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See #1111.

Co-authored-by: Jonathan Hall <>
4 contributors

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@neelance @nevkontakte @flimzy @dmitshur

System Calls

System calls are the bridge between your application and your operating system. They are used whenever you access something outside of your application's memory, for example when you write to the console, when you read or write files or when you access the network. In Go, system calls are mostly used by the os package, hence the name. When using GopherJS you need to consider if system calls are available or not.

Starting with 1.18, GopherJS provides the same set of cross-platform syscalls as standard Go WebAssembly, emulating them via JavaScript APIs available in the runtime (browser or Node.js).

Output redirection to console

If system calls are not available in your environment (see below), then a special redirection of os.Stdout and os.Stderr is applied. It buffers a line until it is terminated by a line break and then prints it via JavaScript's console.log to your browser's JavaScript console or your system console. That way, fmt.Println etc. work as expected, even if system calls are not available.

In Browser

The JavaScript environment of a web browser is completely isolated from your operating system to protect your machine. You don't want any web page to read or write files on your disk without your consent. That is why system calls are not and will never be available when running your code in a web browser.

However, certain subsets of syscalls can be emulated using third-party libraries. For example, BrowserFS library can be used to emulate Node.js file system API in a browser using HTML5 LocalStorage or other fallbacks.

Node.js on all platforms

GopherJS emulates syscalls for accessing file system (and a few others) using Node.js standard fs and process APIs. No additional extensions are required for this in GopherJS 1.18 and newer.

Node.js with the legacy node-syscall extension.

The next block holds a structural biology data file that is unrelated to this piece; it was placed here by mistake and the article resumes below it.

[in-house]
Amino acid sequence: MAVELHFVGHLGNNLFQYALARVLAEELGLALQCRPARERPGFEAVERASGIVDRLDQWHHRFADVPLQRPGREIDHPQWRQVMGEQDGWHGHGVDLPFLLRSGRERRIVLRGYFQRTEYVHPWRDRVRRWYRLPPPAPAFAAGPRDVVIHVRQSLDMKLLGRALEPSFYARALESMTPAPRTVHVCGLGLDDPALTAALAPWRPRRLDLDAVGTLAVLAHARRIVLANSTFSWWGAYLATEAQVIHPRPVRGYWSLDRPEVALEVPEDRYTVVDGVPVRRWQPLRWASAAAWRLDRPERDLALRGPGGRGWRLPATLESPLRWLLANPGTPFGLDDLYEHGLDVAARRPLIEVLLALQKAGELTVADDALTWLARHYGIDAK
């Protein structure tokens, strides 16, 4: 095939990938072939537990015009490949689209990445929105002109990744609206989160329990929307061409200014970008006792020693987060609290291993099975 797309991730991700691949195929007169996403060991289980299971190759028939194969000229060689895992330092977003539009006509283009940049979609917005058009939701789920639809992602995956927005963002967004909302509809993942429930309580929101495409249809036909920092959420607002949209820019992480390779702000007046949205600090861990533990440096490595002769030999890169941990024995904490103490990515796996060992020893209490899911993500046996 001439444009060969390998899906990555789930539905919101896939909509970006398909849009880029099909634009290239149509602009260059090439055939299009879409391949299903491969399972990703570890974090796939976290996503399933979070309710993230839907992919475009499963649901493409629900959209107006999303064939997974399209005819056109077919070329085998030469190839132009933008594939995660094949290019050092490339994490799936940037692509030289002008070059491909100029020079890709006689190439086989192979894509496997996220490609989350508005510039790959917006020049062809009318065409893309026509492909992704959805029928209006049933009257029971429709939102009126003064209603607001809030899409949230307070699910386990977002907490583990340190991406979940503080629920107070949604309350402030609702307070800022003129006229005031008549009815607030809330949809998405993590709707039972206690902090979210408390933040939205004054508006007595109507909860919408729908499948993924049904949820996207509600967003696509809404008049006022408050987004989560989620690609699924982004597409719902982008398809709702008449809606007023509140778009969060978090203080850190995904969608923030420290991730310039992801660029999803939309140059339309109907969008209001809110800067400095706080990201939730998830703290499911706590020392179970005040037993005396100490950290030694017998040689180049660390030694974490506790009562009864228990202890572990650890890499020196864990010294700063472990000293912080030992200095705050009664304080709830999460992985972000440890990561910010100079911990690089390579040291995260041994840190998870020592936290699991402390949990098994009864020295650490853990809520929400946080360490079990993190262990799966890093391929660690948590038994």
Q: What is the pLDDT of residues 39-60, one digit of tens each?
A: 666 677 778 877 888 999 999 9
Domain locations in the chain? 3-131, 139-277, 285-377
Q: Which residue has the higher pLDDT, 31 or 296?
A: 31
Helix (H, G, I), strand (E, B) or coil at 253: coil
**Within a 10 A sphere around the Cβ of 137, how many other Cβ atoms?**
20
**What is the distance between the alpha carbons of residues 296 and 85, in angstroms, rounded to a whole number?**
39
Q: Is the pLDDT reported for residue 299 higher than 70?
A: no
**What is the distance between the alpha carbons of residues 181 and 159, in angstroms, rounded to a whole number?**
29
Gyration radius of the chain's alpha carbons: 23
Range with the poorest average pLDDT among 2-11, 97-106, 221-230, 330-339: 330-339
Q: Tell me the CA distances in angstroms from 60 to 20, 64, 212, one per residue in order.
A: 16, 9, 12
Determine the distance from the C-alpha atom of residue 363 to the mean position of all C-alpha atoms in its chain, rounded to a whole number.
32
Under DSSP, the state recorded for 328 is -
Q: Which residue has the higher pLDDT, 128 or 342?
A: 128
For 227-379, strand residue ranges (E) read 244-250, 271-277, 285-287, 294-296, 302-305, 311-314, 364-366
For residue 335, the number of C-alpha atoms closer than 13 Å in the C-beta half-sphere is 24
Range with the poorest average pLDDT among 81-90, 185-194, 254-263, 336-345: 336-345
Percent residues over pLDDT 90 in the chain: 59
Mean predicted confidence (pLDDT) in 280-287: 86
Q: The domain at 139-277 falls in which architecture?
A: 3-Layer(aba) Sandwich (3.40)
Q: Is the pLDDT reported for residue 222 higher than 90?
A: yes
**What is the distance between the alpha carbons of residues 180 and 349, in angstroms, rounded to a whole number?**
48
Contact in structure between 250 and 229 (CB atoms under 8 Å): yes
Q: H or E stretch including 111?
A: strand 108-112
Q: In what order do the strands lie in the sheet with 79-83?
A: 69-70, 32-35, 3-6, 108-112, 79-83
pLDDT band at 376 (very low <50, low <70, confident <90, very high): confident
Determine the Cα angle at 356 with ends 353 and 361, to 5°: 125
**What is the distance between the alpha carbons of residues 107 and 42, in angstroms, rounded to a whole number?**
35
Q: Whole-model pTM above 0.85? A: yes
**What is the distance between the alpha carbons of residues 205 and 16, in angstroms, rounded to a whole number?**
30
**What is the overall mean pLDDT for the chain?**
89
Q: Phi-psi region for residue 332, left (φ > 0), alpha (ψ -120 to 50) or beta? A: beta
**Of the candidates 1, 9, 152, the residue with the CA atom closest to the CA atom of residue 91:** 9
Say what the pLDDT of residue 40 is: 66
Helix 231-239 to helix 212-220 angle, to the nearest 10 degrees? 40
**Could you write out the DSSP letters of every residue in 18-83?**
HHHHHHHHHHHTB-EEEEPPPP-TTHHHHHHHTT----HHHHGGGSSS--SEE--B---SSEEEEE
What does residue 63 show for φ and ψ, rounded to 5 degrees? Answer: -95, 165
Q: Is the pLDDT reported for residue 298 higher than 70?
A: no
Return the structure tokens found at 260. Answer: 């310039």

Prior to 1.18 GopherJS required a custom Node extension to be installed that provided access to system calls on Linux and MacOS. Currently this extension is deprecated and its support will be removed entirely in a future release. This decision is motivated by several factors:

  • This extension has been developed before Go had WebAssembly support and at the time there was no easier way to provide file system access. Today standard library for js/wasm provides most of the relevant functionality without the need for custom extensions.
  • It required GopherJS to support building Go standard library with multiple different GOOS/GOARCH combinations, which significantly increased maintenance effort and slowed down support for new Go versions. It was not supported on Windows entirely.
  • Using this extension required non-trivial setup for the users who needed file system access.
  • The extension itself contained significant technical debt and potential memory leaks.
  • File system syscalls use asynchronous Node.js API, so other goroutines doesn't get blocked.

Issue #693 has a detailed discussion of this.

In GopherJS 1.18 support for this extension is disabled by default to reduce the output size. It can be enabled with a build tag legacy_syscall (for example, gopherjs build --tags legacy_syscall pkg/name) with the following caveats:

  • node-syscall extension must be built and installed according to instructions below.
  • Functions syscall.Syscall, syscall.Syscall6, syscall.RawSyscall and syscall.RawSyscall6 will be changed to use the extension API and can be called from the third-party code.
  • Standard library is still built for js/wasm regardless of the host OS, so the syscall package API will remain reduced compared to linux or darwin.
  • All functions in the syscall package that GopherJS emulates via Node.js APIs will continue using those APIs.
  • While executing a legacy syscall, all goroutines get blocked. This may cause some programs not to behave as expected.

We strongly recommend upgrading your package to not use syscall package directly and use higher-level APIs in the os package, which will continue working.

The module is compatible with Node.js version 10.0.0 (or newer). If you want to use an older version you can opt to not install the module, but then system calls are not available.

Compile and install the module with:

cd gopherjs/node-syscall/
npm install

You can copy build/Release/syscall.node into you node_modules directory and run node -r syscall to make sure the module can be loaded successfully.

Alternatively, in your package.json you can do something like this:

  "dependencies": {
    "syscall": "file:path/to/gopherjs/node-syscall"

Which will make npm install in your project capable of building the extension. You may need to set export NODE_PATH="$(npm root)" to ensure that node can load modules from any working directory, for example when running gopherjs test.